Unexpected Results from Safe and Blocked Senders Lists

by | Nov 27, 2020 | News

Anti-spam solutions have various whitelist and blacklist options for specific senders and domains, and Office 365 is no different. Most anti-spam solutions have global options for the entire organization, as well as providing customizable lists to users. One area that can cause confusion is the way Microsoft integrated the Safe Senders and Block Senders of a user’s mailbox to the Exchange Online Protection solution.

When a user adds entries to these Senders lists through Outlook, or Outlook on the Web (formerly Outlook Web App or OWA), small mistakes can have serious ramifications. If a user adds a sender or domain to the Safe Senders list it will override the organization’s Office 365 EOP AntiSpam filtering settings. This information can be verified within the message headers. The X-Forefront-Antispam-Report will have an indicator of SFV:SFE which translates to “Filtering was skipped and the message was let through because it was sent from an address on an individual’s safe sender list.” Additionally, the same header will display an SCL:-1 which indicates, “Non-spam coming from a safe sender, safe recipient, or safe listed IP address (trusted partner).”


Screenshot of Microsoft Exchange safe sender list configuration.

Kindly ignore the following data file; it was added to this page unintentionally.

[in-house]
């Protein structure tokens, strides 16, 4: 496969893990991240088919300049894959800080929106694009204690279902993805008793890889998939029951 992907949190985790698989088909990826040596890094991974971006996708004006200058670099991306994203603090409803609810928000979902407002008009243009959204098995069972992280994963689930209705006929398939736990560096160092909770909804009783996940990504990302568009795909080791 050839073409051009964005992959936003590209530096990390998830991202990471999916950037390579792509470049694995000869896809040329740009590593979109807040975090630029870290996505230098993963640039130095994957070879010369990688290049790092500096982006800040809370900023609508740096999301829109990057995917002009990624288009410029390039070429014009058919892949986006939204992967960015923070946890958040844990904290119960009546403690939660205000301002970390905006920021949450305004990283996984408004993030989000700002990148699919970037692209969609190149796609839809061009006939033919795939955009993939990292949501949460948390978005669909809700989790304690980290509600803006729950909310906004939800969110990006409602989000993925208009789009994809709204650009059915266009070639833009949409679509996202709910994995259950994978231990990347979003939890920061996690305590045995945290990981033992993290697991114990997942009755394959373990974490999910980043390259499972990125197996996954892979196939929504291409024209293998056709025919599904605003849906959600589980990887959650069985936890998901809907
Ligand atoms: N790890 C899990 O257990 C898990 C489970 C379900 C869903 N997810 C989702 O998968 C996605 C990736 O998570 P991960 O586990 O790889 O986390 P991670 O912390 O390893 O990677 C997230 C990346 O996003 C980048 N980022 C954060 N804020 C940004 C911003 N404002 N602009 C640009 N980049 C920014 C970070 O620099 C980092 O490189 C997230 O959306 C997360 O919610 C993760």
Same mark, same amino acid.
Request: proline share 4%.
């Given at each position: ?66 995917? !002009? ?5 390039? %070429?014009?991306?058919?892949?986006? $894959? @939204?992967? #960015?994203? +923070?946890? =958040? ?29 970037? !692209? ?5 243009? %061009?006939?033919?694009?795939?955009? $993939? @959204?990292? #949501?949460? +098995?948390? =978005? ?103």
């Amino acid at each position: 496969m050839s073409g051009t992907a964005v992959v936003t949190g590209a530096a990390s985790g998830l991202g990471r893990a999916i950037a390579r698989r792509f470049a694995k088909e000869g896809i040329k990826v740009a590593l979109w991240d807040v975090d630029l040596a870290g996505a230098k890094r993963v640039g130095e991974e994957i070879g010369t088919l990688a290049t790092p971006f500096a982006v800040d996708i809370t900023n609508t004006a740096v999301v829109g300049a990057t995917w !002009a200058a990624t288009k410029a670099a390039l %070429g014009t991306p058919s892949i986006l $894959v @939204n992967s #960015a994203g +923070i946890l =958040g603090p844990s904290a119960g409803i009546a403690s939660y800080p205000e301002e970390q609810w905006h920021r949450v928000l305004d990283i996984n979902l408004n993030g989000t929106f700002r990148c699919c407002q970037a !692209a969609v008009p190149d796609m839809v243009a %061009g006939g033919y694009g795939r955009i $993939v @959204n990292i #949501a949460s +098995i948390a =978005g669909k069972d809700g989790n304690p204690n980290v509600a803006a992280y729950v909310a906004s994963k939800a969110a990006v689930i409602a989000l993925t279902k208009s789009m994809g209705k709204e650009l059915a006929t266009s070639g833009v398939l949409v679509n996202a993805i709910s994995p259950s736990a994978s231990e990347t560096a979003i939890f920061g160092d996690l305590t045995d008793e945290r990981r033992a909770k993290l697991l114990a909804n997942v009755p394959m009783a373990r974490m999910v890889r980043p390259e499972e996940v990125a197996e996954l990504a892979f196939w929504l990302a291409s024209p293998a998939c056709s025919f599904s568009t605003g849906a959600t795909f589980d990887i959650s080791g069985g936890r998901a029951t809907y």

The result of this configuration in the individual’s Safe Senders list is that messages which should have been flagged as spam will now be delivered to the user’s inbox. This includes messages that fail DMARC tests and are potential phishing attempts.

Additionally, the reverse effect can occur when users are modifying their Blocked Senders lists. The same X-Forefront-Antispam-Report header will be stamped with SFV:BLK if the sender is entered in the user’s Block Senders list.

What can be done?

As general guidance to your user community, it is recommended to avoid using domain names in the Safe or Blocked Senders/Domains lists whenever possible. Whitelisting or blacklisting entire domains will almost always produce unexpected results. If an entire domain needs an action the application of this change should typically be handled by the IT Administrator, not the end user. Also, they should not whitelist anyone from your company as this is not necessary and can potentially create a vulnerability to phishing.

As an administrator, you can make modifications to the user’s Safe or Blocked Senders lists using Exchange Online PowerShell. Once you are connected, you can use the Get-MailboxJunkEmailConfiguration and Set-MailboxJunkEmailConfiguration commands to adjust the user settings.

The items that we recommend the most are:

  • The ContactsTrusted setting should always be set to False or it will whitelist any contact added by the user to their Outlook profile.
    • Since it is common to add your coworkers to your contacts list, this setting will result in also whitelisting anyone using those Display Names for phishing attacks and spamming.
  • For TrustedSenderAndDomain, here are a couple of rules.
    • Do not add email addresses for your own domain or the domain itself
      • These types of additions will allow those email addresses and display names to be used by phishers to bypass anti-spam scanning
    • Avoid whitelisting entire domains whenever possible
      • This allows too wide of an exposure for potential phishing and spamming.

In the end, it is your own policies that you configure but it is important to understand the configuration layers that can undo the security solutions you have implemented.

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